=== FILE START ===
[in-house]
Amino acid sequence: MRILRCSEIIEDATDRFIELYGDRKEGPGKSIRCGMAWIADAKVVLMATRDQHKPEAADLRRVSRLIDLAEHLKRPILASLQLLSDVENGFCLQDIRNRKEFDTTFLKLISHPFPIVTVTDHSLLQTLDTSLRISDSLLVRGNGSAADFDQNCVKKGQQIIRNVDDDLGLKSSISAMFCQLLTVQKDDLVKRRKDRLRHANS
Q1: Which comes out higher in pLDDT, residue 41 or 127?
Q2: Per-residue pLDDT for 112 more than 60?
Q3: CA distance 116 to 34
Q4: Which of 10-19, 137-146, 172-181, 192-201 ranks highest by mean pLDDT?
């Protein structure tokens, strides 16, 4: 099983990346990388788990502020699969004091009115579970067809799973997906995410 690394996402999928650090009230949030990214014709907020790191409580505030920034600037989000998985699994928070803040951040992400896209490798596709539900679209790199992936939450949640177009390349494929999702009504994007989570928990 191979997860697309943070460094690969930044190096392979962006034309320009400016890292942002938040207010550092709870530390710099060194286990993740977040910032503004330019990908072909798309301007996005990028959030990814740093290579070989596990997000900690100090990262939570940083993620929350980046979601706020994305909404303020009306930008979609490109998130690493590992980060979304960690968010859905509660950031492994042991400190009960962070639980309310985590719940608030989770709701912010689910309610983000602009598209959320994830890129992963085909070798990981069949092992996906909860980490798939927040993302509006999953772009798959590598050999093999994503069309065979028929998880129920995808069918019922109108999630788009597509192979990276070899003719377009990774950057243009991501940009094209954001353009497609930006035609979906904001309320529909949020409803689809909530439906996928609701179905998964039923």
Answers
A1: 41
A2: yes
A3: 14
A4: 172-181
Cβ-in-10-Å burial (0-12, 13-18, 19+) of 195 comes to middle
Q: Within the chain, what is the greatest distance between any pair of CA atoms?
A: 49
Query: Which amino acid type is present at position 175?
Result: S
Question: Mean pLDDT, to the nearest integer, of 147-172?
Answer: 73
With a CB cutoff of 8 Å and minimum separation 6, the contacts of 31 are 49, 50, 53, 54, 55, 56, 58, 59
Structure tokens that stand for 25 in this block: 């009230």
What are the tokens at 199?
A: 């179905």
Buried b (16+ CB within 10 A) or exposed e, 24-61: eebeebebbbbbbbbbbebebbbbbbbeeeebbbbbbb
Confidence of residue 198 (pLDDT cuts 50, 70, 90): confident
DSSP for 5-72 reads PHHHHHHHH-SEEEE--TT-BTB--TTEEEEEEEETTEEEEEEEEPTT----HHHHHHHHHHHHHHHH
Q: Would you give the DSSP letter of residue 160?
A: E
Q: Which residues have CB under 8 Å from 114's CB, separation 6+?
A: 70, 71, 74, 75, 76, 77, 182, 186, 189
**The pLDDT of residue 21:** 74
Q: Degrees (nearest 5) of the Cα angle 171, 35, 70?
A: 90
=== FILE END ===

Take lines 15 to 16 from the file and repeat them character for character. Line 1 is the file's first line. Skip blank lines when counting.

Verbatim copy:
A: 49
Query: Which amino acid type is present at position 175?